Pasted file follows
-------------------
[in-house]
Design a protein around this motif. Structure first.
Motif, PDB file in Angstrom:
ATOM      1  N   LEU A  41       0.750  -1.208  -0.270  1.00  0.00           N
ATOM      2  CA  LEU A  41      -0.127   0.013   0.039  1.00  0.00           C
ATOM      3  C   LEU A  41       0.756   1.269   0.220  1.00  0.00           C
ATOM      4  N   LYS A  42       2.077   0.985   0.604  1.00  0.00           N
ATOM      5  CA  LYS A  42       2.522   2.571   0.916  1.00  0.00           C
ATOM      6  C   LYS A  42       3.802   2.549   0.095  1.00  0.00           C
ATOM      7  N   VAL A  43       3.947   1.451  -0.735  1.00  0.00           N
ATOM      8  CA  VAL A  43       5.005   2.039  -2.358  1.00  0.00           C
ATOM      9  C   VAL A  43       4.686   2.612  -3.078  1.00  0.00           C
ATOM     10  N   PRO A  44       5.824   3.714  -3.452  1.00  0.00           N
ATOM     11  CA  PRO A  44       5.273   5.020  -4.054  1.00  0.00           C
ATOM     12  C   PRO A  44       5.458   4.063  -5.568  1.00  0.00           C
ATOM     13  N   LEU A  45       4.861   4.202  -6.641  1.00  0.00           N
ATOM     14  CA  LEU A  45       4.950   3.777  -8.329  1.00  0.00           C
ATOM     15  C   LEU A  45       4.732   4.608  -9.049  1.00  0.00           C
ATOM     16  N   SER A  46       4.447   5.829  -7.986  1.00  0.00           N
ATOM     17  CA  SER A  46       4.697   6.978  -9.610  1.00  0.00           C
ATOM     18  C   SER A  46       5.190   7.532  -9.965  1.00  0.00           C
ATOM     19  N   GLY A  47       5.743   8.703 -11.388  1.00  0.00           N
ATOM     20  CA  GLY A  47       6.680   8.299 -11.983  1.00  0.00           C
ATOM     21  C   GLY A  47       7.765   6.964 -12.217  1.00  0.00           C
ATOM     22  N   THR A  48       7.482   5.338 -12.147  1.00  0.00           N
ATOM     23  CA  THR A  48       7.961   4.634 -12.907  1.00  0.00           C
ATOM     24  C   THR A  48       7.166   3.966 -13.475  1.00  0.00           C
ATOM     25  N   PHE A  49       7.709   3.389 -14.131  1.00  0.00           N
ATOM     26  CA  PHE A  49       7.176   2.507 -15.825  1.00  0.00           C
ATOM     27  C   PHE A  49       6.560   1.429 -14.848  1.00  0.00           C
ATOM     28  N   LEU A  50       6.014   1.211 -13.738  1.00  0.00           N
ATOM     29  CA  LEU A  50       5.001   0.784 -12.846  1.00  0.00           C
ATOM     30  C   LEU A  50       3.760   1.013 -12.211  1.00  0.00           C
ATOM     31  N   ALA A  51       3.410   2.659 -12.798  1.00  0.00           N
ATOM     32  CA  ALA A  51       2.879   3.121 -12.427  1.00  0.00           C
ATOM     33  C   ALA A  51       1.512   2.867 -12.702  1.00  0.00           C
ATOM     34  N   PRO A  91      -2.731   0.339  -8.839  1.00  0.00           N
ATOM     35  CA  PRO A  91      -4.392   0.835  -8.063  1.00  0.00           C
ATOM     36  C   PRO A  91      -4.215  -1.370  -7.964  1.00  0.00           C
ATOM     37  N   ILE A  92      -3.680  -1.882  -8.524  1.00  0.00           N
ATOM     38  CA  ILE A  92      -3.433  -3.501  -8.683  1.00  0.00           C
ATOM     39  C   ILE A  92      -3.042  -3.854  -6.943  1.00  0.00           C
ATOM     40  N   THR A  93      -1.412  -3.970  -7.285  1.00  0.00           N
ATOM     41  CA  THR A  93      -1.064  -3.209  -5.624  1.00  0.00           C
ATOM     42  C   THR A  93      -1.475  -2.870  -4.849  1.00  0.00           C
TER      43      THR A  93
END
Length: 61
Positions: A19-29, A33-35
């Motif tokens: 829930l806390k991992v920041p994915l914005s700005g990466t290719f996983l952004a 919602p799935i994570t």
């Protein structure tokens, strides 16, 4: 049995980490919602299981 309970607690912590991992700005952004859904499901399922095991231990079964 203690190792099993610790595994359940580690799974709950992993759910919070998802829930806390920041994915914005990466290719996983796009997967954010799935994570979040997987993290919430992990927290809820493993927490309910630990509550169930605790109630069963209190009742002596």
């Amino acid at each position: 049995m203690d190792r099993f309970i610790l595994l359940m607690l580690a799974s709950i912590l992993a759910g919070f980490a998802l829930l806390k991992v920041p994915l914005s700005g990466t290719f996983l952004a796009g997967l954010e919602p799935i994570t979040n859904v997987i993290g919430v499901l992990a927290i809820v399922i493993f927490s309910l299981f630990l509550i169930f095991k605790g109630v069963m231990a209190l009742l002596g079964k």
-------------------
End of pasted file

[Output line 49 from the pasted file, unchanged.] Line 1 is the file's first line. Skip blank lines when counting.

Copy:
Positions: A19-29, A33-35